The UN General Assembly votes Wednesday on setting up a panel to build cases for the prosecution of war crimes in Syria, in what would be a first step toward punishing those responsible for atrocities in the nearly six-year war.
The draft resolution prepared by Liechtenstein is co-sponsored by 54 countries including the United States, France, Britain, Italy and Germany as well as regional powers Turkey and Saudi Arabia.
Liechtenstein’s Ambassador Christian Wenaweser said the new UN panel would gather evidence and ensure the files are “trial-ready for the moment when there is a court that can exercise jurisdiction over these crimes, which is currently not the case.”
A UN Commission of Inquiry set up in 2011 has submitted several reports detailing atrocities committed during the war that has killed more than 310,000 people.
Civil society groups have also been compiling documents, lists of witnesses and video footage that could one day be admissible in a court of law.
The 193-nation assembly will vote on establishing an “international, impartial and independent mechanism to assist in the investigation and prosecution of those responsible for the most serious crimes” in Syria since March 2011, when the conflict began.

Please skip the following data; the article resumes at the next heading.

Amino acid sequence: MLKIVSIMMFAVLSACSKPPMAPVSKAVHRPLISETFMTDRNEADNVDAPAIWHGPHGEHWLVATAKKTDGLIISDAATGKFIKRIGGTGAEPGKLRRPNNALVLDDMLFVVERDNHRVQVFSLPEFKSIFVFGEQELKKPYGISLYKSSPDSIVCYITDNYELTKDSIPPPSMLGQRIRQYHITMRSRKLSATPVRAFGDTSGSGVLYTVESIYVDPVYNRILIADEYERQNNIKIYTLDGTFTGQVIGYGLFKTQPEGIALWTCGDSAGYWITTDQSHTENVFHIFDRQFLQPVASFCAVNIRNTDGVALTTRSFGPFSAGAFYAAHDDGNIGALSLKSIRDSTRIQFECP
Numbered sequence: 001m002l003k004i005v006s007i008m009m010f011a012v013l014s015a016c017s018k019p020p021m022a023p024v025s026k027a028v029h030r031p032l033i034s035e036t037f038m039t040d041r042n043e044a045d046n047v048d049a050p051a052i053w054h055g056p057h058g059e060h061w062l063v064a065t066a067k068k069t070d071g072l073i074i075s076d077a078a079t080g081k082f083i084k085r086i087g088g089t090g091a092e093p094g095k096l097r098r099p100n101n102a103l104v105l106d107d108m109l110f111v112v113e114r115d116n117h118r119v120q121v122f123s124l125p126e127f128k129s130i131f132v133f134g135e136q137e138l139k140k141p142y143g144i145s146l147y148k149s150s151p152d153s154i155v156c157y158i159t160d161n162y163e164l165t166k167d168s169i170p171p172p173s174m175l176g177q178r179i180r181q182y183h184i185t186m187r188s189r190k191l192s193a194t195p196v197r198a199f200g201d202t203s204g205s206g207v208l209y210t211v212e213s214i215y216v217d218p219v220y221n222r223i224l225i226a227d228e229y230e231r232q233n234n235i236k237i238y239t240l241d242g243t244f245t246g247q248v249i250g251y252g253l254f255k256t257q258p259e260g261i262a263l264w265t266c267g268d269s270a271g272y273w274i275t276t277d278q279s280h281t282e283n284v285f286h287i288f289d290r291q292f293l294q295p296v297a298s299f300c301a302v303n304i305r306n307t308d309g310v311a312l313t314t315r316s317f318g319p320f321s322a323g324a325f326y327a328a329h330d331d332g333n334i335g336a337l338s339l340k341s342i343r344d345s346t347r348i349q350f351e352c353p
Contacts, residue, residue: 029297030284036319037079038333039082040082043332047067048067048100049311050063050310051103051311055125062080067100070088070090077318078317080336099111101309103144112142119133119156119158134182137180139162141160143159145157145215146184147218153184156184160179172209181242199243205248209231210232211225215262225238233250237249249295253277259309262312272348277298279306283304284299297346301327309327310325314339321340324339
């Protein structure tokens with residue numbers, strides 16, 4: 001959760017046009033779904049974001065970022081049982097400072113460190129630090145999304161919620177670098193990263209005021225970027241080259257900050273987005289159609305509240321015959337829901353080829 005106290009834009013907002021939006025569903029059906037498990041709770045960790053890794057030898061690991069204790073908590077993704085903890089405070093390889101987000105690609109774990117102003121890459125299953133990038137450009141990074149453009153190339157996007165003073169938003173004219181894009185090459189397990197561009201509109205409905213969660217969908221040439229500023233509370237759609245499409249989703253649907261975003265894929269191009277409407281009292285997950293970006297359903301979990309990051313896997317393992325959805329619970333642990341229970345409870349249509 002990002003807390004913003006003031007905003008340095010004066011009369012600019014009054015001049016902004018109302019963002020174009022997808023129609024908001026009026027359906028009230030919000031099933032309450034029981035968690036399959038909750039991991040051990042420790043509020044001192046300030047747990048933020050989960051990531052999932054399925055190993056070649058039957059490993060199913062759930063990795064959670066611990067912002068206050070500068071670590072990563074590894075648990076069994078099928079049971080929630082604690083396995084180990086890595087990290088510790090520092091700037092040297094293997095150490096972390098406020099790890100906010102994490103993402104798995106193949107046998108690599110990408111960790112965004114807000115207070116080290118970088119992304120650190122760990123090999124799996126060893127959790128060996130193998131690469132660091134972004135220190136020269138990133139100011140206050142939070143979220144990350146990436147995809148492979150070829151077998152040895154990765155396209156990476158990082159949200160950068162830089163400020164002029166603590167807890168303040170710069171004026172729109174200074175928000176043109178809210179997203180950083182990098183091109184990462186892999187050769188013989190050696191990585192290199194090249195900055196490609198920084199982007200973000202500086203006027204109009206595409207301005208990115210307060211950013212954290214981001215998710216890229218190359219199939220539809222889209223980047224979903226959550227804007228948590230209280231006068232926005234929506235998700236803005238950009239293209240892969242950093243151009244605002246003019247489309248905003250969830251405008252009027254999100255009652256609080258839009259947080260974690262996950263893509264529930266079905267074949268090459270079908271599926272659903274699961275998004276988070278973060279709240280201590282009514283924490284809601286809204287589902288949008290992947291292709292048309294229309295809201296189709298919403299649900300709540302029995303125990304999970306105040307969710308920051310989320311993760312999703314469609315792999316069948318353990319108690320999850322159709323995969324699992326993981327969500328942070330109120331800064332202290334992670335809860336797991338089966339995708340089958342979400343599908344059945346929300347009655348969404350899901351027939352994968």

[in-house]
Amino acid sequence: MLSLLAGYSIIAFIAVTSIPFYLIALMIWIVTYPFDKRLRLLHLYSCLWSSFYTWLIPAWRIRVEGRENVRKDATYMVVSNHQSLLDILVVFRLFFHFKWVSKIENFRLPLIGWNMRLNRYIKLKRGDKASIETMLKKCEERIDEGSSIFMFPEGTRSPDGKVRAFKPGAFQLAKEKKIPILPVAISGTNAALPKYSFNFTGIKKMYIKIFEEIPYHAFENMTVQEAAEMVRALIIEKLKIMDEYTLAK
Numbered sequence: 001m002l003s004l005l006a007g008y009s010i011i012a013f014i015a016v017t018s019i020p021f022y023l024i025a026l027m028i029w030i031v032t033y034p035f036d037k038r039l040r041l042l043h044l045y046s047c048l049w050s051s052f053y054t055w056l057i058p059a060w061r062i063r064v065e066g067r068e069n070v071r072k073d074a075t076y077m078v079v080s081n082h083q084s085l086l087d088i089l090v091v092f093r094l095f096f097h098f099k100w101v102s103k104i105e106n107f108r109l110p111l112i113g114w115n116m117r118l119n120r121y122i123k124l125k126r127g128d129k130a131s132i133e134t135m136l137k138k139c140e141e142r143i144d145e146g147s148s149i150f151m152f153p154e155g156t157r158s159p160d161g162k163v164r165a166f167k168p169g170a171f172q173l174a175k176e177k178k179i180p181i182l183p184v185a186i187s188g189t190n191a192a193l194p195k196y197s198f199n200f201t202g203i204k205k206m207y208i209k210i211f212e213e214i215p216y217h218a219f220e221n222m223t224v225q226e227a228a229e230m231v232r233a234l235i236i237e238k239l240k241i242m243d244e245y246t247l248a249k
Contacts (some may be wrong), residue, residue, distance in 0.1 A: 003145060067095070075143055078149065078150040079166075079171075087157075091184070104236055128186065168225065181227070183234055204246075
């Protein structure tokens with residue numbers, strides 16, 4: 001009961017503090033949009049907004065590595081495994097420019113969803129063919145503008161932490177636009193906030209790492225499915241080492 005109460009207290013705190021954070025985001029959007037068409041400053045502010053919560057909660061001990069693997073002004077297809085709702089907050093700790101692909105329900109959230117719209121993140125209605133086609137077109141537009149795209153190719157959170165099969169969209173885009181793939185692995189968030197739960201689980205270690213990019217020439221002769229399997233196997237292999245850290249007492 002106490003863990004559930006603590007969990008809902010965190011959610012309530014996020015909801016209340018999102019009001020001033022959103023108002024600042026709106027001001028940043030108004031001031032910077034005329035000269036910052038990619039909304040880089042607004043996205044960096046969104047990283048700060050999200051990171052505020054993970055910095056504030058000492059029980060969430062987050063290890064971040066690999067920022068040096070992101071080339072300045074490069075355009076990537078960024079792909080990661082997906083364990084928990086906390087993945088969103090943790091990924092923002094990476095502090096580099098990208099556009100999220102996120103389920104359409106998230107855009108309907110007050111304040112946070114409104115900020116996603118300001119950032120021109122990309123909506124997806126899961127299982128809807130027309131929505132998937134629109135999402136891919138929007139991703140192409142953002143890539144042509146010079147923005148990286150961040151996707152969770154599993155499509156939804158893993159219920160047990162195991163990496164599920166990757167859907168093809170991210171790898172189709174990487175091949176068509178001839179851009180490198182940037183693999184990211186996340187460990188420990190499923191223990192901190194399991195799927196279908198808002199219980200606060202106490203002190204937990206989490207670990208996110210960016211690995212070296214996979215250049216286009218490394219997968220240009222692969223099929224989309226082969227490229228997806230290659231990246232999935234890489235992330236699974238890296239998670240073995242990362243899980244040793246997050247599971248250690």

The panel will “collect, consolidate, preserve and analyze evidence of violations of international humanitarian law and human rights violations and abuses and prepare files in order to facilitate and expedite fair and independent criminal proceedings,” according to the draft text.
Russia, Syria’s main ally, and China in 2014 blocked a request by the Security Council that the International Criminal Court begin investigations of war crimes in Syria.
Supporters of the measure said they expected it to be adopted after a strong majority of 122 countries in the General Assembly voted earlier this month to demand an immediate ceasefire in Syria.